Black History Month
Every February, we celebrate Black History Month to honor the contributions of African Americans and their central role in U.S. history. According to the NAACP, this celebration dates to 1926 when historian Carter G. Woodson and other prominent African Americans noted “Negro History Week.” The origins of Black History Month began after the 13th amendment abolished slavery. This month highlights the achievements of Black Americans and other people of African descent. In 1926, Harvard-trained historian Carter Woodson, and others chose the second week of February to coincide with the birthday of both Abraham Lincoln and Frederick Douglass.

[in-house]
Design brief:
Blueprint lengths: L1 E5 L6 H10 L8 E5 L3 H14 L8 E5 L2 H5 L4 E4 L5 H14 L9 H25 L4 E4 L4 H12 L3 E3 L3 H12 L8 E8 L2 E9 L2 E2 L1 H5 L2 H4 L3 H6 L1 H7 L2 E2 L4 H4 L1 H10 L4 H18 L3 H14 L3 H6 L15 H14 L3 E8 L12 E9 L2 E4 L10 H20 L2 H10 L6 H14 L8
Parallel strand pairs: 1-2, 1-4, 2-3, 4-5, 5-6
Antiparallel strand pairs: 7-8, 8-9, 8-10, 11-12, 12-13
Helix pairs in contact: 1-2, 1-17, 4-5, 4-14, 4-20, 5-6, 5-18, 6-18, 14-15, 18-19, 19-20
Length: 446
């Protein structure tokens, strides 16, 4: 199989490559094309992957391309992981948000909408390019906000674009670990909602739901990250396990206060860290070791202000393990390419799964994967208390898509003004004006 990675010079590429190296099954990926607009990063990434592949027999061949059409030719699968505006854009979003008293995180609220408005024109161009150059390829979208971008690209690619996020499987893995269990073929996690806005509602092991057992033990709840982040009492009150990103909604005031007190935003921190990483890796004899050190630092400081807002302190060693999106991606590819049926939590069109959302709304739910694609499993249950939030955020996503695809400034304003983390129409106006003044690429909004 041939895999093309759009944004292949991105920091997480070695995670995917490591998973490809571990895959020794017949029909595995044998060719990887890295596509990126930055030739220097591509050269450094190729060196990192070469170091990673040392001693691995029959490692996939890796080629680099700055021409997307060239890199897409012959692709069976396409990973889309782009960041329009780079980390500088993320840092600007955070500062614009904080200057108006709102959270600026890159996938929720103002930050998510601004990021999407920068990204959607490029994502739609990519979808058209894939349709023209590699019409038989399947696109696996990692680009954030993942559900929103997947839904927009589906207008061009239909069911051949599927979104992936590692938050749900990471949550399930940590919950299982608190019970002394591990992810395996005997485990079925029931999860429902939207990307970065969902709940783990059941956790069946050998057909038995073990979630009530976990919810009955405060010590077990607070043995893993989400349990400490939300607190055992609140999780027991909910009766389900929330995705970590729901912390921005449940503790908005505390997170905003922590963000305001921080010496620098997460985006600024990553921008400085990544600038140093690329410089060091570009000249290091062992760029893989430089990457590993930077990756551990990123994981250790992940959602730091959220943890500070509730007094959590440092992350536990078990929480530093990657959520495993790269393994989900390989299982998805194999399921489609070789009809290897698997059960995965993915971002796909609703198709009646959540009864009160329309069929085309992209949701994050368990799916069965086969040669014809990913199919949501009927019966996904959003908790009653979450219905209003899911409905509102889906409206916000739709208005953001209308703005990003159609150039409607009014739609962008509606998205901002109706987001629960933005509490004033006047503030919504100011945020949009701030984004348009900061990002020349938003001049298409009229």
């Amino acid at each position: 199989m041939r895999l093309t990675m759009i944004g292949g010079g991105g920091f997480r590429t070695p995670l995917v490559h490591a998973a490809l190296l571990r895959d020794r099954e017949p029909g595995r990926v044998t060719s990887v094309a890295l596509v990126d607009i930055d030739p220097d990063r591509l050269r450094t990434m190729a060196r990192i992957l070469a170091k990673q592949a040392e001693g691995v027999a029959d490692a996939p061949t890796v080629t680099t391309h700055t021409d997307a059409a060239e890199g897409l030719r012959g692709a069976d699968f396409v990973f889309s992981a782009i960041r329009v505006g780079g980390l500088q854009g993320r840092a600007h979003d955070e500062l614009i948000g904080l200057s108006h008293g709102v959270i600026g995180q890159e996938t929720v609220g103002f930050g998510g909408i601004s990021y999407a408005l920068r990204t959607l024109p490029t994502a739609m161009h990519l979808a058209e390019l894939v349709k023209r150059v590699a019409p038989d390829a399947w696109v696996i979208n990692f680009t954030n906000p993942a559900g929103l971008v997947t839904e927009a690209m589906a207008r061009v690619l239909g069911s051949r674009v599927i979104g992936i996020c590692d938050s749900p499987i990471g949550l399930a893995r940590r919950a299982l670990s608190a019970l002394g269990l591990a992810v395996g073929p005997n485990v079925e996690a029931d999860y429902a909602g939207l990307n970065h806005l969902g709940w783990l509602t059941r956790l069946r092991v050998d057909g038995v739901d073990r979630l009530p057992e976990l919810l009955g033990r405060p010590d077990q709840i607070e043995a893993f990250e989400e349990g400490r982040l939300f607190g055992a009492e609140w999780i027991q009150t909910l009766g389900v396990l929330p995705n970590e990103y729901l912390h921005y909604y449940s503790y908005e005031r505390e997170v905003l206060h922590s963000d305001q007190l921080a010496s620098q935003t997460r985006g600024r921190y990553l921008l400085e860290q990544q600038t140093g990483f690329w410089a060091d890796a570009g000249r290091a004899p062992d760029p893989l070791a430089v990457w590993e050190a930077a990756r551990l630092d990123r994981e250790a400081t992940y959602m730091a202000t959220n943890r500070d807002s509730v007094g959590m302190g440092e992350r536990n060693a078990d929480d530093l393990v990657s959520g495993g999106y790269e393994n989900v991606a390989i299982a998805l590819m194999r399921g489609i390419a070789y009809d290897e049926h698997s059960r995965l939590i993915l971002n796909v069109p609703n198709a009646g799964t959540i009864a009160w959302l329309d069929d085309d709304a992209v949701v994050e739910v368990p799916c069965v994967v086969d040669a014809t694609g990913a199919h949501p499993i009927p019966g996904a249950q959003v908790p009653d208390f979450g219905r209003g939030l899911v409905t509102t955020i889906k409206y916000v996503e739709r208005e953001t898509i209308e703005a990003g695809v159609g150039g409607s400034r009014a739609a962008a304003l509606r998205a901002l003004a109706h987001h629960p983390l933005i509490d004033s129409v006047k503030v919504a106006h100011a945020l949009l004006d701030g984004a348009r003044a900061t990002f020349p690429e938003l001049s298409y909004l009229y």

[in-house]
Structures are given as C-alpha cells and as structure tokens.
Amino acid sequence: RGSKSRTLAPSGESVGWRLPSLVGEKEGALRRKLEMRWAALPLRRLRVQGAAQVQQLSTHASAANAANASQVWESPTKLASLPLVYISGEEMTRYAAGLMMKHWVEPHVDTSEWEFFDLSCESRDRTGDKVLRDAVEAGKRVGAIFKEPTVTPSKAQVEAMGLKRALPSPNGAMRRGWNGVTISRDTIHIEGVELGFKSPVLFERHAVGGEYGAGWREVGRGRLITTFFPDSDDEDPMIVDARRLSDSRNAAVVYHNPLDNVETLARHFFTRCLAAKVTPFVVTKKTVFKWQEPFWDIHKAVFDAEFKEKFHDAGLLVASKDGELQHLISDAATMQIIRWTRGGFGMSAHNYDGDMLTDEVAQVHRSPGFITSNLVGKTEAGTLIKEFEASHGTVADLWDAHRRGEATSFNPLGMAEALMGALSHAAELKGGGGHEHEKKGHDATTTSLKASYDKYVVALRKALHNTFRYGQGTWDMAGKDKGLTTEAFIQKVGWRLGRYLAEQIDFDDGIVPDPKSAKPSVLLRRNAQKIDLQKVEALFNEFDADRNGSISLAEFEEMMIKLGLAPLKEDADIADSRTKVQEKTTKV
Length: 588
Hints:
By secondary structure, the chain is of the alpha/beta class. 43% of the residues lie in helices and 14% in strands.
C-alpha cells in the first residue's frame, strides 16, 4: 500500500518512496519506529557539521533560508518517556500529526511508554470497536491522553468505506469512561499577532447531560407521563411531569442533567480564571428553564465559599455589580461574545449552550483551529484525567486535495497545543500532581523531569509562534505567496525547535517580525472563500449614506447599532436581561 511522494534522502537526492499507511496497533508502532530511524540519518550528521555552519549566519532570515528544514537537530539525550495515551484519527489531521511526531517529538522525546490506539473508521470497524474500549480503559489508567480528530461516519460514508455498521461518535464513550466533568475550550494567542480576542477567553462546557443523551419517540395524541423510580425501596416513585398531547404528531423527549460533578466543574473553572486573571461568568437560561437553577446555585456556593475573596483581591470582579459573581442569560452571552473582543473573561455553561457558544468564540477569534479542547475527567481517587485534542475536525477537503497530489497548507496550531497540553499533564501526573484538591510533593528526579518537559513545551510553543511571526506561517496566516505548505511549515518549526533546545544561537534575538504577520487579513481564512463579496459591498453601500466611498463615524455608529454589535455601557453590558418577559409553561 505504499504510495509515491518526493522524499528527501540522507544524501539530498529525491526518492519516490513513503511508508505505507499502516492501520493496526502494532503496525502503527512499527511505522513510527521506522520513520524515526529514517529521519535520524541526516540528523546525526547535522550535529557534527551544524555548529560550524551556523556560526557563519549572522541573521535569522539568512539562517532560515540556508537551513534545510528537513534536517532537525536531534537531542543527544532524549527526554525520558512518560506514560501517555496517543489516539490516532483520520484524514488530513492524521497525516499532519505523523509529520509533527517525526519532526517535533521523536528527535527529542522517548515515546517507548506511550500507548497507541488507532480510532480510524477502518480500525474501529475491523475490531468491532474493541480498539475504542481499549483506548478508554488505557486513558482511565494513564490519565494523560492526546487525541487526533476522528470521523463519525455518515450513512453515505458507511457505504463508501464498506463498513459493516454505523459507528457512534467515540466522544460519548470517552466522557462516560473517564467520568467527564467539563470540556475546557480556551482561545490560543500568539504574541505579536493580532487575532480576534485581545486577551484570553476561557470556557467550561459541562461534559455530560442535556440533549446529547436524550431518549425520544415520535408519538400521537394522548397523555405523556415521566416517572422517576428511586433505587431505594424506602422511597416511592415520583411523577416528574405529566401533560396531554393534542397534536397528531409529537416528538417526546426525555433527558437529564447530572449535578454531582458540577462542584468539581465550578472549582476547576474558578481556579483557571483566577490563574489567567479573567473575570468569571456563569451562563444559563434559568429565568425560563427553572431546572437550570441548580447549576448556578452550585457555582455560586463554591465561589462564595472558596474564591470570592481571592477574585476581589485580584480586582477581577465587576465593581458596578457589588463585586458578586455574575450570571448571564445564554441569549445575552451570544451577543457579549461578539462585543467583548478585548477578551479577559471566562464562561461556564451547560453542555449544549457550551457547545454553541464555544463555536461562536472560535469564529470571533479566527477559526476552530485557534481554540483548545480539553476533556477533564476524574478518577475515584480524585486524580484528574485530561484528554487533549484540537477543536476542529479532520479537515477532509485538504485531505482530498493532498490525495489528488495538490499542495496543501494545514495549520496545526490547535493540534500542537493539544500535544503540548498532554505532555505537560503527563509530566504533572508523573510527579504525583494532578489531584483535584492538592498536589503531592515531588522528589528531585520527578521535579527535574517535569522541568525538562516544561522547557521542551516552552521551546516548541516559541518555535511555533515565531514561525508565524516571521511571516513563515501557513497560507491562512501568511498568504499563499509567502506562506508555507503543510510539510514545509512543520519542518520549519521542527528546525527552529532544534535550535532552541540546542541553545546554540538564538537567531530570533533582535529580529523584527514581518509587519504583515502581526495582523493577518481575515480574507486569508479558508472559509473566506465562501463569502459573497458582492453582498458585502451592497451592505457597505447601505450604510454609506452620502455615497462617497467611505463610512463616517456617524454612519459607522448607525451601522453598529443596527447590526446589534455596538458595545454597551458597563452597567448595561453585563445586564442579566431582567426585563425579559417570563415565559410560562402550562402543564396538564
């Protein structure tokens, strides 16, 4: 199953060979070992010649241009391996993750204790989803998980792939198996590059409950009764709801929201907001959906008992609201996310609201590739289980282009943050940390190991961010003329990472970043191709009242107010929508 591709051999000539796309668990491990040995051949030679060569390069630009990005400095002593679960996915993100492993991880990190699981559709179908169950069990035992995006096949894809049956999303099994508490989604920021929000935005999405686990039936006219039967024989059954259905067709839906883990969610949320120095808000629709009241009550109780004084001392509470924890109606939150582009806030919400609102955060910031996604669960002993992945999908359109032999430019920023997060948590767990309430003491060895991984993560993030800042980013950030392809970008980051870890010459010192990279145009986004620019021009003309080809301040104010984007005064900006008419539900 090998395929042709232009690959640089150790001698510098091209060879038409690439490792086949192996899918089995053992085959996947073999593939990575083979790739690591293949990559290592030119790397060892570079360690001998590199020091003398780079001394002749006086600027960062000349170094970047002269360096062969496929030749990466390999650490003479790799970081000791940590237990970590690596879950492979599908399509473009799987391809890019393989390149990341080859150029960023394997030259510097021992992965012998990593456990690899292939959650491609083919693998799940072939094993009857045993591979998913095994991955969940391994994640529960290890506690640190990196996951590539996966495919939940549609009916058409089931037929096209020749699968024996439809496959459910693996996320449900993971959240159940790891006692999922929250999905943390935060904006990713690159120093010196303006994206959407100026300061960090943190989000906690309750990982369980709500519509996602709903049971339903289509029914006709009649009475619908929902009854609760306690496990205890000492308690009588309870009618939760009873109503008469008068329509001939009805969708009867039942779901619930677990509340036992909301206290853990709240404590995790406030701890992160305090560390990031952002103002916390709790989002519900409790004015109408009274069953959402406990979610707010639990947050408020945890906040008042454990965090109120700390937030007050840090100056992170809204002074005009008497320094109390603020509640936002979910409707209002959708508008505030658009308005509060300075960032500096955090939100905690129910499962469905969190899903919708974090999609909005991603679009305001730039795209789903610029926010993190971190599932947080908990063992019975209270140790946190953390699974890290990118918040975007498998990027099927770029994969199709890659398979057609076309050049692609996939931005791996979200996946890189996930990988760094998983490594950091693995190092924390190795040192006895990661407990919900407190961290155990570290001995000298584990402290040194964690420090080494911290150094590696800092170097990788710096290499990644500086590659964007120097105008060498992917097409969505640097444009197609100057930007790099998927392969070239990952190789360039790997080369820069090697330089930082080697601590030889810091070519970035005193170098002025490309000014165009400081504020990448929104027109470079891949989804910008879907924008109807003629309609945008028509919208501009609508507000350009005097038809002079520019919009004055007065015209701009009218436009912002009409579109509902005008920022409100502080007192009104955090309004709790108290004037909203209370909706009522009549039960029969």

Mayors of cities across the country began issuing yearly proclamations to recognize “Negro History Week” in the decades that followed and, by the late 1960s, had evolved into a month on college campuses due in part to the civil rights and growing awareness of Black identity. In 1976 President Gerald Ford officially recognized Black History Month to honor the contributions and accomplishments of Black Americans. Today, we continue to celebrate the legacy of African Americans across U.S. history and society from activist and civil rights pioneers such as Harriet Tubman, Sojourner Truth, Marcus Garvey, Martin Luther King, Malcom X and Rosa Parks to leaders in different industries, politics, science, and culture and more.